CLUE – New software test for the aviation industry

Innovative software testing tools for human/machine interfaces.


The aviation industry faces massive challenges. It is still struggling with the aftermath of the pandemic and it belongs to those industrial sectors that have to put a great deal of effort into achieving climate targets. However, climate neutrality and sustainability should not come at the expense of high safety standards. Handling such a situation, where different demands need to be met, requires extensive testing. This is particularly true in software development. Because software tests in the aviation industry are often difficult to organize and as a result cost-intensive, in the two projects VAST and EMMSA we already tried to simplify procedures and find ways to reduce costs. The Cross-Level-User Evaluation (CLUE) project builds on the knowledge already acquired and collaborates with Fraunhofer Austria Research and 4D Aerospace Research and Simulation on developing new concepts for software testing in the aerospace industry.

Project Content

Software tests in the aviation industry require complex designs and are expensive. The main reason for this is that test persons are qualified personnel in nearly all of the cases (pilots and air traffic controllers). The number of tests often remains low, which undermines their validity and makes it more likely that aspects such as user-friendliness are neglected. In the precursor project EMMSA we tried to overcome these problems by using students as test subjects for prototype development/evaluation. The CLUE project uses the insights already gained and intends to further optimize software testing of human-computer interfaces in the aviation industry. Methodically sound software tests considering a wide range of different aspects are a prerequisite for easy-to-use and visually appealing user interfaces, which have a decisive influence on whether a new software is well accepted.


Currently, the airline industry mainly uses expert personnel for software testing. This is expensive and cumbersome. The project team of CLUE aims to remedy this situation by establishing new test-procedures that make use of non-professionals as test persons without undermining the quality of tests. The main aims are:

  • Investigating to what extent people outside the aviation industry (non-experts such as students) can be used for tests of air traffic control software systems and to what extent it is possible to save costs and resources on the basis of such an approach.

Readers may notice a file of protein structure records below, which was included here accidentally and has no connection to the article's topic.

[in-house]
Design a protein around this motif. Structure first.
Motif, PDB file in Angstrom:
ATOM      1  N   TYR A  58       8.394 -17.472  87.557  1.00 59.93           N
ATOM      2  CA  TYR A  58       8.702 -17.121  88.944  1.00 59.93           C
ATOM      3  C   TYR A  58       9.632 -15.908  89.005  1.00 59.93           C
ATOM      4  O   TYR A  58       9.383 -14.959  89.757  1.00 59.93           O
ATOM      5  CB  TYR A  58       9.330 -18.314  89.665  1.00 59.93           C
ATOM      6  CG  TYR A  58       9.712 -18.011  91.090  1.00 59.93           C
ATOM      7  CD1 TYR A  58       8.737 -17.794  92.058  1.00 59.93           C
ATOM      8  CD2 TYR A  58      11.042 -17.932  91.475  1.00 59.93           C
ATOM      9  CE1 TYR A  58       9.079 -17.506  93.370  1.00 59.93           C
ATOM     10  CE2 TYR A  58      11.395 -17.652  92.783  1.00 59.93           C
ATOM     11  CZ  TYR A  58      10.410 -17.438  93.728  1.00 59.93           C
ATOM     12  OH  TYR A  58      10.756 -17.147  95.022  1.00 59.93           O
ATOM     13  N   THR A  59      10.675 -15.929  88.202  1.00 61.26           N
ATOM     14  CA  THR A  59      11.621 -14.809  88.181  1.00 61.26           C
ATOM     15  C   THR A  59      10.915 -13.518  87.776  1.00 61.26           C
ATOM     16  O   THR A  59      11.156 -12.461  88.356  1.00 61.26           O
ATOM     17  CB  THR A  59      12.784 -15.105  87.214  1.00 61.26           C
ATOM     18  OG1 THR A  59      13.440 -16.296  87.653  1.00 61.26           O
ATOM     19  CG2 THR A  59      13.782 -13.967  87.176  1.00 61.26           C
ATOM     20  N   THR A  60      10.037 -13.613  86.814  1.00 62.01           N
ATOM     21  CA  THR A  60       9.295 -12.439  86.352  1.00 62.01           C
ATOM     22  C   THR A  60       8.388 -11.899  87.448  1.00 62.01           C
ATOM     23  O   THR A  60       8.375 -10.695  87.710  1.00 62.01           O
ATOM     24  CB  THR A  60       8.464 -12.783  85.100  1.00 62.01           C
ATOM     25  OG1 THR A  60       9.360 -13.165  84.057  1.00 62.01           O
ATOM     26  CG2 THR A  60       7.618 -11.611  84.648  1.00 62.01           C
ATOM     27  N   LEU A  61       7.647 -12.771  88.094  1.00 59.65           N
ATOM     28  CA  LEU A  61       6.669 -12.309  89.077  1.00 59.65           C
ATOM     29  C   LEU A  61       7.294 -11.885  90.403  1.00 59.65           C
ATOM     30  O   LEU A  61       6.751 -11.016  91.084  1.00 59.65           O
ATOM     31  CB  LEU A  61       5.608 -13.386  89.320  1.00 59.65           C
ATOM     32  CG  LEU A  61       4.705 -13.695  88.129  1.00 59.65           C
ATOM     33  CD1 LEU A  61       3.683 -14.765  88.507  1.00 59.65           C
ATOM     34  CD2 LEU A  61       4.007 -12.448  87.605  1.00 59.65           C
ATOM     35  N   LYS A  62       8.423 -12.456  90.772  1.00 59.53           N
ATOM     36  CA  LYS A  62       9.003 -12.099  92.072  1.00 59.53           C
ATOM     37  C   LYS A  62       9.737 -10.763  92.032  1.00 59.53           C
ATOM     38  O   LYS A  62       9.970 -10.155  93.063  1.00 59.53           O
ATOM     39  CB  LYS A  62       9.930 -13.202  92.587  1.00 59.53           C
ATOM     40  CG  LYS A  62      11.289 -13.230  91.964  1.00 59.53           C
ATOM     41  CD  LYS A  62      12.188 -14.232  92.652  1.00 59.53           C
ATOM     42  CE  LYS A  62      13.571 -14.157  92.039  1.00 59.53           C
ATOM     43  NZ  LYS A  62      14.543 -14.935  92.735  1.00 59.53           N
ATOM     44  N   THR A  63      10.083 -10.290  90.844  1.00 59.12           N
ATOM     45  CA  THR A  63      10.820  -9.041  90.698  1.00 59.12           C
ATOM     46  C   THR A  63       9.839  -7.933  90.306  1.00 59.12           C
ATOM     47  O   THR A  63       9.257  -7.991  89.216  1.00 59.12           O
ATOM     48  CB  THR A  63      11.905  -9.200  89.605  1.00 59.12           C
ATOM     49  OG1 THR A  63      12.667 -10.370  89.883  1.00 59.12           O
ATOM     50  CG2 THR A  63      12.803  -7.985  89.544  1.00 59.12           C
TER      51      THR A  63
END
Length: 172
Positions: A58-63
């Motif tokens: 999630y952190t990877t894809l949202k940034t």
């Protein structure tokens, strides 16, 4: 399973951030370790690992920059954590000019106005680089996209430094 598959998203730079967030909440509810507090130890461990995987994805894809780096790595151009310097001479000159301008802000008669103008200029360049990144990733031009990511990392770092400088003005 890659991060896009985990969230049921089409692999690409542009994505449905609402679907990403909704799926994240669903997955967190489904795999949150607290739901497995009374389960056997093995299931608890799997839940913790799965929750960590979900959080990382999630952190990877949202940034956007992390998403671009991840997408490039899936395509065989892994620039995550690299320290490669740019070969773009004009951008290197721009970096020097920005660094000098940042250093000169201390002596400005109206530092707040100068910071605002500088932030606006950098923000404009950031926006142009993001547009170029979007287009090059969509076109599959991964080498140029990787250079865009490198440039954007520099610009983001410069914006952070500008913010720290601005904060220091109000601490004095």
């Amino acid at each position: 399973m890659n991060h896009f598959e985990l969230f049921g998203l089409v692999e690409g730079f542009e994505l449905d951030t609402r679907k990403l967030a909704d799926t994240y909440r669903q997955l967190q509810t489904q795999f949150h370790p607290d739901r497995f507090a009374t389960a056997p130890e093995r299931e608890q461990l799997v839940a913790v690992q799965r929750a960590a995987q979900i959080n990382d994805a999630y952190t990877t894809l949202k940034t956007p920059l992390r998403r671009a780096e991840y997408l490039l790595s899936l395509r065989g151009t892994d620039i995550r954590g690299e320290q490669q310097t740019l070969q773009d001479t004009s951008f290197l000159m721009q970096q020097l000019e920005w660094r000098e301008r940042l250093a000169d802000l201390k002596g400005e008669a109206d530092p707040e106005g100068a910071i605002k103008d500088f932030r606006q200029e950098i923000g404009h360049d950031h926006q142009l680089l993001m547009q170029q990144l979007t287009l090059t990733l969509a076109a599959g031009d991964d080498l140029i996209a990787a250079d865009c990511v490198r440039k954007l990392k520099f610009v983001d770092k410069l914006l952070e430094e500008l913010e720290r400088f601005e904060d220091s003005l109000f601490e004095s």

• Increasing the validity of the tests because larger samples and more tests are possible when using non-experts as testers.
  • Advancing digitization in aviation in a way that attaches great importance to the needs of users (human-centered design).
  • Contributing to emission reduction in aviation through new and better software systems.


The CLUE project reduces the workload for expert personnel with regard to software testing, because tests are mainly carried out with laypersons. Despite relying on non-experts, the validity of the tests is increased. This is made possible by HCI tests (Human Computer Interaction) that make use of statistical correction measures coming from sociology, political science, and meteorology. The test procedures are also set up in a way that takes into account possible future automation processes through machine learning and artificial intelligence (AI). This is a crucial step, since AI technologies enable new forms of cooperation between humans and machines that not only concern technical but also ethical aspects. For this reason, the test procedures are designed along ethics guidelines developed by the EU, which stipulate that assessment lists on ethical issues in the development, introduction and use of AI systems have to be compiled. Although non-experts are used in the tests, we see to it that they have as much domain affinity as possible (e.g., students of gaming design who have experience with MS Flight Simulator, X-Plane or similar).


The CLUE project places software testing in the aviation industry on a new footing. Non-experts are used as test persons and this reduces the workload for technical personnel and as a consequence lowers the costs. To obtain high quality test results, the project team employs methods they borrow from the social sciences and meteorology. CLUE also sets great store by Human Centred Design, thereby ensuring that the resulting software products are as user-friendly as possible. Overall, CLUE helps the aviation industry to arrive at easier-to-use software products, which are urgently needed on the way to a more climate-friendly future.

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Deputy Head of
Media Computing Research Group
Institute of Creative\Media/Technologies
Deputy Academic Director Media Technology (BA)
Department of Media and Digital Technologies
Location: A - Campus-Platz 1
M: +43/676/847 228 630
  • Fraunhofer Austria Research Gesellschaft mit beschränkter Haftung
  • 4D Aerospace Research and Simulation GmbH
FFG (Take Off) Nr: 899788
01/02/2023 – 12/31/2023
Involved Institutes, Groups and Centers
Carl Ritter von Ghega Institute for Integrated Mobility Research
Institute of Creative\Media/Technologies
Research Group Media Computing